Rutgers student Adam Schefflan compiled the information in this section. Matt Matsuda edited and condensed it.
Many potential customers of Intersect Fund clients will be Upper Middle Class: they are earning enough to have disposable income and are willing and able to spend on goods that convey an emotional and psychological satisfaction of quality and uniqueness.
For Middle Class clients, online marketing is extremely important and can definitely help expand a clientele. In addition to farmers’ markets, fairs, and sales through networks and friends, there are a number of different groups that many business owners do not consider enough, such as working with corporate offices, and—for example, with artisan food products–local restaurants, super markets, and organic food organizations.
Many products can also benefit from placement with Rutgers student organizations, as university students are a great potential market. Businesses should sector their market and not attempt to engage “all students.” Instead, they should focus on those students most likely to have an interest in their product. For example, an artisan food product might focus on groups like Slow Food Rutgers- This is an environmentally friendly club at Rutgers, formed to support food grown organically and locally.
Customer Market Research Guide
Demographic information: middle-upper middle class, earning at least $50,000 per year, both men and women, 30-60’s, both single and married (majority married), healthy, Caucasian, own their homes, perhaps two children, medium/nice dependable cars, maybe some pets, willing to pay for something different, blue collar and white collar balance.
Psychographic Information: These potential customers value high quality, long lasting, tasty and healthy food products. They are committed to seeking out products created by others that can be “enjoyed,” and are not just functional. They are attracted to offerings that are homegrown, made with care, and evoke different registers of nostalgia. As a result these customers seek out and will pay premiums for local food grown from local producers, and usually have positive memories of food from childhood or growing up.
Qualities of Product: These customers are committed to variety—they don’t only want one type of product. They respond well to craftsmanship, and believe in supporting local businesses with personal connections. They are particular about quality and sense of taste—purchases need to be good quality or they won’t buy again or make recommendations to their friends. These customers have a general commitment to products where taste overlaps with health and nutritional self-perceptions. They are willing to pay for what they perceive to be organic or beneficial to their own health.
Media Interests: These customers will read magazines like Gourmet, Costco cookbook, Menu, Time, Bloomberg Businessweek and follow newspapers like the Star Ledger, Home News Tribune, New York Times, Philadelphia Inquirer. They will watch TV Shows like regular network news, Suits, crime dramas, the Cooking channel, DIY network, HGTV, most HBO major series, and public television cultural and dramatic programs. Online they will follow organic food websites, online shopping venues like Ebay or Amazon, and make use of interactive sites like Pinterest or Tumblr. If talking about the younger teen/organic crowd, potential customers probably draw their sense of style from retailers like Urban outfitters and American Apparel.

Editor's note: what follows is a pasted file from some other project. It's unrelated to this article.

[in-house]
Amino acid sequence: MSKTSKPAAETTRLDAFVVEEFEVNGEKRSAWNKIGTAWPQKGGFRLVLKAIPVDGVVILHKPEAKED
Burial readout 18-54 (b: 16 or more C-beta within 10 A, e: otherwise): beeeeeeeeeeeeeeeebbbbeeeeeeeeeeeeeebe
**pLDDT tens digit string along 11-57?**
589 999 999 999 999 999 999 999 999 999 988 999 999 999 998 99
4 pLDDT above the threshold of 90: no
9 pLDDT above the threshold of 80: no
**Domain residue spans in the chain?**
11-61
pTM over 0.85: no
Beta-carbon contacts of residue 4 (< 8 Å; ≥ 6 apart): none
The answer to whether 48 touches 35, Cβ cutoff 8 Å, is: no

Taglines can go a long way. If a business has a strong, easily identifiable, and memorable logo it should be used as much as possible to promote to customers. T-shirts with the logo could be printed, and the image used extensively on the business website. A catchy tagline to go along with the visuals is necessary for building customer familiarity.
All small business should consider gift packages containing small samples of key products. The package or basket should have plenty of business cards and contact information, as well as fun and useful materials such as “how to…” details and recipe ideas. Packages should also be sent as gifts to public relations companies or corporate offices to gain popularity and perhaps future clients. Locally, New Brunswick has many restaurants and shops that could be potential clients.
Coupon promotions can be generated and promotional materials forwarded by a postcard mailer on a recipe postcard mailer.
For artisan products, business owners should consider their own brand image: custom recipe cards or do-it-yourself recommendations should emphasize the local, handcraft nature of the product, the quality of the product, and offer a sense of “good times” nostalgia.
This is particularly important for businesses whose products find audiences through open-air markets, craft fairs, bazaars, and other community selling opportunities.
In terms of product design, businesses should consider the following guidelines:
Utilize the business logo at every opportunity.
Artisan products should convey strong brand image. For example, with an artisan food product, the container or jar could be made “homey” looking. For a jar, there should perhaps be a cloth underneath the lid to represent that it is more of an artisan food product.
Because many business owners cook, bake, and prepare the product they sell, they should consider being part of the company image themselves, and should certainly decorate their products with appropriate materials or “ingredients,” such as shrubs and flowers, fresh fruits and vegetables, grains and flours, nuts, honeys, sweeteners, ground coffees and teas.